The rate of the deblocked leuco dye oxidation is dependent on the pH of the resin polymer matrix. By adding basic compounds (e.g. 1,4-diazabicyclo[2.2.2] octane (DABCO), or other amines), the pH is increased, and the reaction rate increases correspondingly. Correspondingly, by adding strong protic acids (e.g. camphorsulfonic acid), the reaction rate can be decreased and the lifetime of the disc prolonged.

The residual oxygen can be removed from the substrates used for disc manufacture by storing them under vacuum or oxygen free atmosphere (e.g. pure nitrogen) for a period of time (hours to days). Alternatively, an oxygen scavenger (e.g. iron(II) salts, tin(II) salts, or organometallic compounds) can be added to the polymer formulation, reacting with the oxygen present in the polymer matrix in shorter timeframe than the hydrolysis of the blocked leuco dye takes.

The reaction timing can be further controlled by addition of other substances. As the diffusion rate of oxygen through the polymer layer is more or less constant, a supply of suitable antioxidants (eg. organometallic compounds) which react with the oxygen preferentially to the leuco dye leads to gradual depletion of the antioxidant compound. Only after the antioxidant is consumed, the leuco dye starts being oxidized, achieving the period of delay of the reaction onset, followed by a rapid reflectivity degradation. Stannous ethylhexanoate can be used here as the antioxidant organometallic. Various resin-soluble tin(II) and iron(II) compounds can be used, e.g. chelates and fatty acid salts. Other usable compounds are e.g. hydroquinones, alkylhydroxylamines, dithionates, reducing saccharides (e.g. glucose), alpha-hydroxyketones (acetol), substituted boron hydrides and silicon hydrides.

The oxidized dyes in the expired discs absorb primarily at the wavelength of the current diode lasers (red, 650 nm) used in the DVD players. However, the new generation of DVDs is designed to use blue lasers at 450-460 or even 405 nm, for which eg. the methylene blue is essentially transparent. While SpectraDisc did not take this in account, the Flexplay discs incorporate a layer of a color filter, blocking the blue lasers from reading the disc, expired or not. Acridine Yellow can be used for this purpose, together with 9,10-bis(phenylethynyl)anthracene, and a scale of different azo dyes, aromatic hydrocarbons, and other dyes. The dyes can be added directly to the polycarbonate resin the discs are made of.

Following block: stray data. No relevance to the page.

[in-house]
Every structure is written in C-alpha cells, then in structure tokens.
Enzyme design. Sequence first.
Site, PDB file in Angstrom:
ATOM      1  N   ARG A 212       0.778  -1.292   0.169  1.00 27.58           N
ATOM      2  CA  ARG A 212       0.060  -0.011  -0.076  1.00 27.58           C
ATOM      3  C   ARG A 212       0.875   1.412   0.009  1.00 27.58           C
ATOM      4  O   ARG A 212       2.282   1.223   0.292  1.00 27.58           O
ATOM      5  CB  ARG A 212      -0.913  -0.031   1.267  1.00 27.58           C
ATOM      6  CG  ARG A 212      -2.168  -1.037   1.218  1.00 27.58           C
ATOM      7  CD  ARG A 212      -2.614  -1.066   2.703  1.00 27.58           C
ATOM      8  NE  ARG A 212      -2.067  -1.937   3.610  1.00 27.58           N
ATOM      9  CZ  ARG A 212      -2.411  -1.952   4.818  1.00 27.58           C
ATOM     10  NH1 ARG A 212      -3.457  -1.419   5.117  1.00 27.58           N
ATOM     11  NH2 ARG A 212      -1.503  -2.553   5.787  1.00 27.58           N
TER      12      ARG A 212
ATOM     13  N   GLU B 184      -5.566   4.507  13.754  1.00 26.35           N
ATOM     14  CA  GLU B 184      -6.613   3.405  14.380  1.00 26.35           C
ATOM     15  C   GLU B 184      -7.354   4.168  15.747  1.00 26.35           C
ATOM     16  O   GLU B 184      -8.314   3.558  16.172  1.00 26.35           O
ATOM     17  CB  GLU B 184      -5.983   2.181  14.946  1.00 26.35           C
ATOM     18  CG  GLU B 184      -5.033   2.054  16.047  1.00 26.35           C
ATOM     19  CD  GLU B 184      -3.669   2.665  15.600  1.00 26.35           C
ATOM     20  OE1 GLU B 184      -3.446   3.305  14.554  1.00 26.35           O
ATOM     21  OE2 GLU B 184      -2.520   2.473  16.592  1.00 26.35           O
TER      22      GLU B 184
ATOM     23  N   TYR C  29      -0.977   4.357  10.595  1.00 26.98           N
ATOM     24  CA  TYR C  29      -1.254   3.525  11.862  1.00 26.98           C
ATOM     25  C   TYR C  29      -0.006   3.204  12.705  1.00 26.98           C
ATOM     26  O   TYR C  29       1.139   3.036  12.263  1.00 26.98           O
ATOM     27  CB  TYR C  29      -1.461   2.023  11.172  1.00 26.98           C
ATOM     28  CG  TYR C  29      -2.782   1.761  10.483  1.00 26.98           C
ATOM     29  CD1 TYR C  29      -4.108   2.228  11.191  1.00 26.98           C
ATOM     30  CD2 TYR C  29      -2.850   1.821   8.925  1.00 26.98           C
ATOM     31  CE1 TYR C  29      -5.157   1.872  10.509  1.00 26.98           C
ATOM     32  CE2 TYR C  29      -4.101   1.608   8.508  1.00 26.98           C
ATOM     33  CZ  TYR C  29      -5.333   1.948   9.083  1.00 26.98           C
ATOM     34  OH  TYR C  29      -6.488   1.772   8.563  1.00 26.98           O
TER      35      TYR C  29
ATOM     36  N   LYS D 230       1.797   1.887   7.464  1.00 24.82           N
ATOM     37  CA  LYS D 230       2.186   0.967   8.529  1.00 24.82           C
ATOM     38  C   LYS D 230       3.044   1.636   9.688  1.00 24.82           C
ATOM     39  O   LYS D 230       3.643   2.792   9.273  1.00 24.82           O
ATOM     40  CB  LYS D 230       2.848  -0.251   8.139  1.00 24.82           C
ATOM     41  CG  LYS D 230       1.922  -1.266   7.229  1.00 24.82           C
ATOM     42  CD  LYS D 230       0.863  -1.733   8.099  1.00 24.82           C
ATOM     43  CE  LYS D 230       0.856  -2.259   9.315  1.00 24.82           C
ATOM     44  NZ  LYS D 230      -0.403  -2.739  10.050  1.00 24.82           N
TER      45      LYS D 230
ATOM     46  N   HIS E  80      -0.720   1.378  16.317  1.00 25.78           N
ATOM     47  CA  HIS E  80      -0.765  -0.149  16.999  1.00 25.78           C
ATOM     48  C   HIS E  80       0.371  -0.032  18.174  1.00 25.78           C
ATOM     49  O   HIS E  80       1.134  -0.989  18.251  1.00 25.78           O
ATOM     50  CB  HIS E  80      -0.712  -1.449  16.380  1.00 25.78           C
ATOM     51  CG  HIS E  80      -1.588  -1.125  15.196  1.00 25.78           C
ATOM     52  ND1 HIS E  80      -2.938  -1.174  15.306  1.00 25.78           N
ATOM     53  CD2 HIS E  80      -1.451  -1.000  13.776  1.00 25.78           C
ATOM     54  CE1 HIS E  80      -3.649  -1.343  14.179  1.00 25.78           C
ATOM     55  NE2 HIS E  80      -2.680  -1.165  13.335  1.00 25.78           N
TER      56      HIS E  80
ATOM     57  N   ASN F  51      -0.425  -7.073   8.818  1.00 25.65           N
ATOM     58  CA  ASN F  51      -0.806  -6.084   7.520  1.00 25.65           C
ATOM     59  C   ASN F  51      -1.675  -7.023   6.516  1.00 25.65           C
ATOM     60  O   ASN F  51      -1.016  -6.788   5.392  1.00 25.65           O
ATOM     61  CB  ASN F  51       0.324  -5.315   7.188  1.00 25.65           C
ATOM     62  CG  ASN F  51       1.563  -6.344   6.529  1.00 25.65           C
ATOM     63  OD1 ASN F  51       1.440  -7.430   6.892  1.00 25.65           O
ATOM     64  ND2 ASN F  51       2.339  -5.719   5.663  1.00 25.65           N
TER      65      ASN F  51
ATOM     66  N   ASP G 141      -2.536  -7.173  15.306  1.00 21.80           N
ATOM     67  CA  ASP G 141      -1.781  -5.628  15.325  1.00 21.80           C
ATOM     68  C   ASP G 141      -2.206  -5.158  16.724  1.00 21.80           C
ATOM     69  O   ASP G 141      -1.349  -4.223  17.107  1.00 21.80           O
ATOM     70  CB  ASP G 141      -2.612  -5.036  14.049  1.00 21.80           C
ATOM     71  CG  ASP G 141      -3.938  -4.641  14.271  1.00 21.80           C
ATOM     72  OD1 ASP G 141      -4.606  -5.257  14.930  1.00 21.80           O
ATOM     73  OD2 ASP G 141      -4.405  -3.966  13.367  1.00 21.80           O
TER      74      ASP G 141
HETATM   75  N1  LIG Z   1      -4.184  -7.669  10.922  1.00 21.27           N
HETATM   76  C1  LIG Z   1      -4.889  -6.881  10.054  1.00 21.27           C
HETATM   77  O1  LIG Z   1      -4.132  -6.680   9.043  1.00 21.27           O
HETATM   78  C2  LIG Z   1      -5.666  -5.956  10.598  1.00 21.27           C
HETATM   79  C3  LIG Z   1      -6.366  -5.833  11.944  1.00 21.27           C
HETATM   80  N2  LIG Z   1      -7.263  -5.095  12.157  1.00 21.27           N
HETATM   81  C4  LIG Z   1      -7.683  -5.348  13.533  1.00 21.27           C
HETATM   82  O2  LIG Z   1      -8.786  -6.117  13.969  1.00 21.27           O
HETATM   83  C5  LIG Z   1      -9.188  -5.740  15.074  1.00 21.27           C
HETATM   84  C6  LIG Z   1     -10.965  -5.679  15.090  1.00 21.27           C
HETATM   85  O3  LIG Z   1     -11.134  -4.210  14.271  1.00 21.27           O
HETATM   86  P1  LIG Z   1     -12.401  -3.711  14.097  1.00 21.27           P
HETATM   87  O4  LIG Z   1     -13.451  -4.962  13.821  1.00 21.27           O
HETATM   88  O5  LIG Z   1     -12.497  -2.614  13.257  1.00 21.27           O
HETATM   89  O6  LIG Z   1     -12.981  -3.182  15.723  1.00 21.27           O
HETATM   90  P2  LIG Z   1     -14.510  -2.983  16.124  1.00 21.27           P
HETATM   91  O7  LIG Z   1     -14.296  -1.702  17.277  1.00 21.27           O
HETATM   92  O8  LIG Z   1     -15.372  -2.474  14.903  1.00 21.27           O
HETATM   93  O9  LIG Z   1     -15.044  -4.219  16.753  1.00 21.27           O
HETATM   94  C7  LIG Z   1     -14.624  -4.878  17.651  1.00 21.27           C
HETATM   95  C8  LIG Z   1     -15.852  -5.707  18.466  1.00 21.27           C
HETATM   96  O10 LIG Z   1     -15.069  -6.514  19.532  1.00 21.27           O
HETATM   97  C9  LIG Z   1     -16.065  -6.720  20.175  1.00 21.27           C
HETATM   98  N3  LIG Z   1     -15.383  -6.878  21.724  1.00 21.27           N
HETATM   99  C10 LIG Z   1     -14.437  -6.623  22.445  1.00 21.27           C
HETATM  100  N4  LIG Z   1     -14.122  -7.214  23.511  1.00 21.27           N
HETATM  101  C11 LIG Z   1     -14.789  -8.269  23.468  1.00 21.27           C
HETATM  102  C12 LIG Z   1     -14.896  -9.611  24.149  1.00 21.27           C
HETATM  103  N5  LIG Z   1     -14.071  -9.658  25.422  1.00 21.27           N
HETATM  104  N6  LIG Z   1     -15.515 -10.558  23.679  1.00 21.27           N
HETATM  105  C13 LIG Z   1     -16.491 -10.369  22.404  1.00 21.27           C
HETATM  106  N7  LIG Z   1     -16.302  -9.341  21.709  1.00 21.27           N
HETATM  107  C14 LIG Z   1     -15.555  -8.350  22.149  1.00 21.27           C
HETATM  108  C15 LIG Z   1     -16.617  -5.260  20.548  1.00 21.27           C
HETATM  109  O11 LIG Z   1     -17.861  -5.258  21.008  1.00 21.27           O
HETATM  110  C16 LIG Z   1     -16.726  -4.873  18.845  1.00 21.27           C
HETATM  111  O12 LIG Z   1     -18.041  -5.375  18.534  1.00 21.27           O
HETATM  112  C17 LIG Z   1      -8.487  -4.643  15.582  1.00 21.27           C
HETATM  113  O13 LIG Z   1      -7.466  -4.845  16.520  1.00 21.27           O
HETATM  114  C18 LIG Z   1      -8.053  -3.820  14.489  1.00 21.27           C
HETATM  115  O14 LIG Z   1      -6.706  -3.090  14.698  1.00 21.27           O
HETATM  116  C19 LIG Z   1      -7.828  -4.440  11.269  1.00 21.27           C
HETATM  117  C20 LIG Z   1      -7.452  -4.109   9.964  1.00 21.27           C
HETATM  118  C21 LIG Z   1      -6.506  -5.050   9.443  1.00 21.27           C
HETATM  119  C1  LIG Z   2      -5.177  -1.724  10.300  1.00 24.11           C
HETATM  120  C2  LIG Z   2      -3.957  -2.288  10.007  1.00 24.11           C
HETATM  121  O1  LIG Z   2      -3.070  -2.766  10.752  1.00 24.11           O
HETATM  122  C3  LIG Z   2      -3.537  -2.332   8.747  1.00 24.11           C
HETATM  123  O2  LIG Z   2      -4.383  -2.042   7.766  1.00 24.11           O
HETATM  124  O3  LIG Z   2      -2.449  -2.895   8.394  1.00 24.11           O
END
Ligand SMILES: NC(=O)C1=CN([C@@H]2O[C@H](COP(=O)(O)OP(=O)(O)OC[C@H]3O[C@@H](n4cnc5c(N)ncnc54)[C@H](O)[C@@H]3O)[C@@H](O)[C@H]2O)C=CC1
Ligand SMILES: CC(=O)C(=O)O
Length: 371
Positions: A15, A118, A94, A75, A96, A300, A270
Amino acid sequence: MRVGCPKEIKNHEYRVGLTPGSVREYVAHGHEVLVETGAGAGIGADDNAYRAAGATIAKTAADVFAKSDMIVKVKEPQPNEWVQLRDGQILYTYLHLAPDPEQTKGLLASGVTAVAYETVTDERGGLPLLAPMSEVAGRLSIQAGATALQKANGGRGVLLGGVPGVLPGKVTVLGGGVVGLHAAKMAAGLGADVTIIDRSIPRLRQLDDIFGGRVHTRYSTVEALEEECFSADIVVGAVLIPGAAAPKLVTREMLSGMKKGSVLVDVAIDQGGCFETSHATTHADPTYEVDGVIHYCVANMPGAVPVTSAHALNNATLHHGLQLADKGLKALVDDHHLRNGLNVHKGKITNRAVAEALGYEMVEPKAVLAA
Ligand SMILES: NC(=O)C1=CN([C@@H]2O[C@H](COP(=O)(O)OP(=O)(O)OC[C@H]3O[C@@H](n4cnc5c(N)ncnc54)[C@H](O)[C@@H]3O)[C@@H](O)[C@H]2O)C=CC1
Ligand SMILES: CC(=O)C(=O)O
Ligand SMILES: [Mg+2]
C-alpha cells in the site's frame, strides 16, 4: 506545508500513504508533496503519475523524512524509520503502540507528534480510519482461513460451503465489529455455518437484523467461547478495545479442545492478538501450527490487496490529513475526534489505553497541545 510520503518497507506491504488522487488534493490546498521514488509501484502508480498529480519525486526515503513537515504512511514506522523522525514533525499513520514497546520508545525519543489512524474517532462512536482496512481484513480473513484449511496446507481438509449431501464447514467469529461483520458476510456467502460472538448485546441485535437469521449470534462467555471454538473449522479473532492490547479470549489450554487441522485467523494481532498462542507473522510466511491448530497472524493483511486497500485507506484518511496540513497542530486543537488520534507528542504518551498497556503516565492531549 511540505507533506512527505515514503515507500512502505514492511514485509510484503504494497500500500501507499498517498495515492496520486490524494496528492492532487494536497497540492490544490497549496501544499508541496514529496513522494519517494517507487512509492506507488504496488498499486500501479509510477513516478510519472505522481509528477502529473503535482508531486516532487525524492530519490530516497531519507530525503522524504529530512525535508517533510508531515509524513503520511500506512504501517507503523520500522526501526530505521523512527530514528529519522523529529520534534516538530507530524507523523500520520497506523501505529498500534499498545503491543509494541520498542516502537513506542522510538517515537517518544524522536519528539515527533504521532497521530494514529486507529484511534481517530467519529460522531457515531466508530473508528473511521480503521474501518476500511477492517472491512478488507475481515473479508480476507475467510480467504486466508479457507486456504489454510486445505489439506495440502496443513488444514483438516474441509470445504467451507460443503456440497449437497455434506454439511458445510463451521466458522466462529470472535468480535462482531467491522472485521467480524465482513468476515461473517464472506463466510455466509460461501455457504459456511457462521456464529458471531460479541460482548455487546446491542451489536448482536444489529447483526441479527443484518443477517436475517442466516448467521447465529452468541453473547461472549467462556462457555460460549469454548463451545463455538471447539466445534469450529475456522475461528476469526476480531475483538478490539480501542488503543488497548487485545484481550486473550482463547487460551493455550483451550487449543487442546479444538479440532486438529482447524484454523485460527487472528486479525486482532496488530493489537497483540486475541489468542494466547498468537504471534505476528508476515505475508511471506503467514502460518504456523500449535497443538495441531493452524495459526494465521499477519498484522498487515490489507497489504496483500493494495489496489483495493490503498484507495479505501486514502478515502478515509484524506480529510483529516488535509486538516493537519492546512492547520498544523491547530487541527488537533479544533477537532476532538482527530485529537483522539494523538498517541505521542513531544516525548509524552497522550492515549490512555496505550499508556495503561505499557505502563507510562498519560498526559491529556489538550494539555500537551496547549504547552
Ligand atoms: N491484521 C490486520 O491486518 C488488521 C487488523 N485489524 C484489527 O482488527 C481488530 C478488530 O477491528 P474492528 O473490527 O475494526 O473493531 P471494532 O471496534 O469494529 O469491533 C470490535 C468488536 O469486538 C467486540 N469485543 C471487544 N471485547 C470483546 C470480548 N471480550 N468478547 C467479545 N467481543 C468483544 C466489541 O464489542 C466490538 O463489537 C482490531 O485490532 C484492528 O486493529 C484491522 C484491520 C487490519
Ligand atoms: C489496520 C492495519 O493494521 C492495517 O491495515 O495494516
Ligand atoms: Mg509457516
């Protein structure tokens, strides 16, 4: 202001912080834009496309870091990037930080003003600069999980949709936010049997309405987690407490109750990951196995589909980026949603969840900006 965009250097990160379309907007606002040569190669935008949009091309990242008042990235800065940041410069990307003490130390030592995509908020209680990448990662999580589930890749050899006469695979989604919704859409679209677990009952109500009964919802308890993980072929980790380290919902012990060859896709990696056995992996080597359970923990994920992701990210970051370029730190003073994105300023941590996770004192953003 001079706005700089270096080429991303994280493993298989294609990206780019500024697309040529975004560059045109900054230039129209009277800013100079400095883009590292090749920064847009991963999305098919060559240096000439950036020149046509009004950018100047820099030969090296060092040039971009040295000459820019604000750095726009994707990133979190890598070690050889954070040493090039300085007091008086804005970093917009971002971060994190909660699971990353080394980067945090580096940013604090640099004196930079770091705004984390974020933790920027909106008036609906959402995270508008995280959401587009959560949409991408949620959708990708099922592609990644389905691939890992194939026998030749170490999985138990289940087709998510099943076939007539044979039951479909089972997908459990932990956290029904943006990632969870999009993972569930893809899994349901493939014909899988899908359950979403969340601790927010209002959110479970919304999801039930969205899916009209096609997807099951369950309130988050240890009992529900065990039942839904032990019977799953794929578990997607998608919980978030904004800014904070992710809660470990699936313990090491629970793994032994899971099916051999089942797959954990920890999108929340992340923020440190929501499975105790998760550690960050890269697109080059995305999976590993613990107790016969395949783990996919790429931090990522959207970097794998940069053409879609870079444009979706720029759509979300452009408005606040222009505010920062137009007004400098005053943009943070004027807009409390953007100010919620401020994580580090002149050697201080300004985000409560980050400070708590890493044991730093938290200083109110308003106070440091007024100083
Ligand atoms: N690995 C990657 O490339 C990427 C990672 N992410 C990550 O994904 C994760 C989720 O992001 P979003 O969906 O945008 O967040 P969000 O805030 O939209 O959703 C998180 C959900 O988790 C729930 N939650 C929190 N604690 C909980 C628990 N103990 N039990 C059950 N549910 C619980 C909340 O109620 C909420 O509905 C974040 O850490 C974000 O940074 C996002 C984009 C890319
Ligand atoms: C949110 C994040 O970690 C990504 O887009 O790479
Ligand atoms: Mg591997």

Additionally, other methods of the disc degradation are proposed to be deployed together with the primary one; the concern of the technology developers here is that while the dye oxidation mechanism prevents the disc from being read by current consumer technologies, the information on the disc, recorded in the pattern of the pits in the reflective layer, remains intact and could be recovered. One of the methods is to make the two reflective layers in the DVD-9 disc of different metals (eg. aluminium and silver), and separate them with an ionic conductor separator. The atmospheric oxygen then undergoes electrochemical reaction in such crude fuel cell with the silver as cathode and aluminum as anode, leading to growth of dendritic silver through the dielectric layer. When the silver reaches the aluminium, an electric short circuit forms, and galvanic corrosion then rapidly degrades the reflective layers. Many other mechanisms are proposed for this slower, less controlled "backup" method of data destruction, ranging from corrosion of the reflective layers to degradation of the polymer matrix of the disc itself.

See US patent 6756103 for details.

Releases

The Disney organization announced in 2003 that it would issue some releases on Flexplay ez-D discs. Discs were test-marketed in Austin, Texas. One grocery chain dropped the disks in February, 2004, saying "It didn't turn out to be an item that our customers were looking for.

In 2004 Flexplay was purchased by The Convex Group who also own the Lidrock and HowStuffWorks brands. As of 2004, Flexplay discs are priced at around $4.99 U.S., a price comparable to that of a two-day DVD rental.

The first Flexplay disc to receive national consumer distribution in the U.S. was a 2004 Christmas movie entitled Noel, which was released "trimultaneously" to theatres, to cable TV, and to Flexplay disc. Reportedly theatres were angered at the simultaneous release, and as a result the movie actually received screenings in only a few dozen theatres.

As of 2005, Flexplay discs appeared in Japan under the 48dvd brand name, and were also used in 2006 for the Japanese release of Mission Impossible 3.

In June 2008, Flexplay announced that Staples would be selling Flexplay discs in their retail stores.

References

See also

  • DIVX - A similar non-self-destructive rented DVD format
  • DVD-D - another disposable DVD format

External links